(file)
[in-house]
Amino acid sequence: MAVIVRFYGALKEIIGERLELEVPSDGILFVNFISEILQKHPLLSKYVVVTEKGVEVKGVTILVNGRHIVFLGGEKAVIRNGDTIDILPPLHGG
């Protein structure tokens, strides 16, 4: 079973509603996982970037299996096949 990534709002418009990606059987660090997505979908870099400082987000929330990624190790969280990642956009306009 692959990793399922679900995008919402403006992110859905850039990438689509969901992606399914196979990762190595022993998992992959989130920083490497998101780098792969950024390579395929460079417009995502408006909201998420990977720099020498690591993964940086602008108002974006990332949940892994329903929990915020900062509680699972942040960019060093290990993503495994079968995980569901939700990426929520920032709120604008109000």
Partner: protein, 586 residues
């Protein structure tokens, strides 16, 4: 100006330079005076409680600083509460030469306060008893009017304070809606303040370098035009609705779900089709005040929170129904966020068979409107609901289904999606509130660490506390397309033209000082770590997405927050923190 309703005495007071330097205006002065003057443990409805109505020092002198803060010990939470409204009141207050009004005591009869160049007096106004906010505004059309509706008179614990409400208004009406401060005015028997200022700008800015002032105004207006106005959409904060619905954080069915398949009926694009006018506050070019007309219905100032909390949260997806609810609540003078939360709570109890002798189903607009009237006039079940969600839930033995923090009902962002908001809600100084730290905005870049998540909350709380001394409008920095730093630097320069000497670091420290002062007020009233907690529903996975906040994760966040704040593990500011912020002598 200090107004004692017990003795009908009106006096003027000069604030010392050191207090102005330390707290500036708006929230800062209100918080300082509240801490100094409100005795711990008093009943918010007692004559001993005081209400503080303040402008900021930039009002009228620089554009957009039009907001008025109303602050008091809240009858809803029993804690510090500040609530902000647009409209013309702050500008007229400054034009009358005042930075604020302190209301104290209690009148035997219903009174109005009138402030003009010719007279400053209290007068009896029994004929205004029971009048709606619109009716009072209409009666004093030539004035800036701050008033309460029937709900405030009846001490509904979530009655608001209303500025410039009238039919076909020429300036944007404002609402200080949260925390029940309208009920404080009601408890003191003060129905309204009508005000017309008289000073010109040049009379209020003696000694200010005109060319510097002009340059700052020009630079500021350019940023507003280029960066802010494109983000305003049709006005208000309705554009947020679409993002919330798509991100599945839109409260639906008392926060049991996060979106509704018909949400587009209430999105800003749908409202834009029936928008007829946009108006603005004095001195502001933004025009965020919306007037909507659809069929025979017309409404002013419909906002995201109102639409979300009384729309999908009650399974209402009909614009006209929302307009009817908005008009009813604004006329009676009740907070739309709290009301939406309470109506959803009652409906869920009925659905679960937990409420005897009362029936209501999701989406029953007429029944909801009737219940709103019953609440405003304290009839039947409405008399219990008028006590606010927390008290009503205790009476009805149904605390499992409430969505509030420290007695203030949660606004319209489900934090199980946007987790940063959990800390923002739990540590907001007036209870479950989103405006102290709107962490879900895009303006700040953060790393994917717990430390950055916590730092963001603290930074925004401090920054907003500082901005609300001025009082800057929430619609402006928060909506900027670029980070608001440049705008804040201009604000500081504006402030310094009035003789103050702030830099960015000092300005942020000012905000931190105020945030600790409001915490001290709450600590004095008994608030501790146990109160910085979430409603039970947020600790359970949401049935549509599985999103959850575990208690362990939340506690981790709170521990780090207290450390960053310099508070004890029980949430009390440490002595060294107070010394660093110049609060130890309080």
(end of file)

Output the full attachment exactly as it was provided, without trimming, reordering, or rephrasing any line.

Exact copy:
[in-house]
Amino acid sequence: MAVIVRFYGALKEIIGERLELEVPSDGILFVNFISEILQKHPLLSKYVVVTEKGVEVKGVTILVNGRHIVFLGGEKAVIRNGDTIDILPPLHGG
């Protein structure tokens, strides 16, 4: 079973509603996982970037299996096949 990534709002418009990606059987660090997505979908870099400082987000929330990624190790969280990642956009306009 692959990793399922679900995008919402403006992110859905850039990438689509969901992606399914196979990762190595022993998992992959989130920083490497998101780098792969950024390579395929460079417009995502408006909201998420990977720099020498690591993964940086602008108002974006990332949940892994329903929990915020900062509680699972942040960019060093290990993503495994079968995980569901939700990426929520920032709120604008109000």
Partner: protein, 586 residues
């Protein structure tokens, strides 16, 4: 100006330079005076409680600083509460030469306060008893009017304070809606303040370098035009609705779900089709005040929170129904966020068979409107609901289904999606509130660490506390397309033209000082770590997405927050923190 309703005495007071330097205006002065003057443990409805109505020092002198803060010990939470409204009141207050009004005591009869160049007096106004906010505004059309509706008179614990409400208004009406401060005015028997200022700008800015002032105004207006106005959409904060619905954080069915398949009926694009006018506050070019007309219905100032909390949260997806609810609540003078939360709570109890002798189903607009009237006039079940969600839930033995923090009902962002908001809600100084730290905005870049998540909350709380001394409008920095730093630097320069000497670091420290002062007020009233907690529903996975906040994760966040704040593990500011912020002598 200090107004004692017990003795009908009106006096003027000069604030010392050191207090102005330390707290500036708006929230800062209100918080300082509240801490100094409100005795711990008093009943918010007692004559001993005081209400503080303040402008900021930039009002009228620089554009957009039009907001008025109303602050008091809240009858809803029993804690510090500040609530902000647009409209013309702050500008007229400054034009009358005042930075604020302190209301104290209690009148035997219903009174109005009138402030003009010719007279400053209290007068009896029994004929205004029971009048709606619109009716009072209409009666004093030539004035800036701050008033309460029937709900405030009846001490509904979530009655608001209303500025410039009238039919076909020429300036944007404002609402200080949260925390029940309208009920404080009601408890003191003060129905309204009508005000017309008289000073010109040049009379209020003696000694200010005109060319510097002009340059700052020009630079500021350019940023507003280029960066802010494109983000305003049709006005208000309705554009947020679409993002919330798509991100599945839109409260639906008392926060049991996060979106509704018909949400587009209430999105800003749908409202834009029936928008007829946009108006603005004095001195502001933004025009965020919306007037909507659809069929025979017309409404002013419909906002995201109102639409979300009384729309999908009650399974209402009909614009006209929302307009009817908005008009009813604004006329009676009740907070739309709290009301939406309470109506959803009652409906869920009925659905679960937990409420005897009362029936209501999701989406029953007429029944909801009737219940709103019953609440405003304290009839039947409405008399219990008028006590606010927390008290009503205790009476009805149904605390499992409430969505509030420290007695203030949660606004319209489900934090199980946007987790940063959990800390923002739990540590907001007036209870479950989103405006102290709107962490879900895009303006700040953060790393994917717990430390950055916590730092963001603290930074925004401090920054907003500082901005609300001025009082800057929430619609402006928060909506900027670029980070608001440049705008804040201009604000500081504006402030310094009035003789103050702030830099960015000092300005942020000012905000931190105020945030600790409001915490001290709450600590004095008994608030501790146990109160910085979430409603039970947020600790359970949401049935549509599985999103959850575990208690362990939340506690981790709170521990780090207290450390960053310099508070004890029980949430009390440490002595060294107070010394660093110049609060130890309080």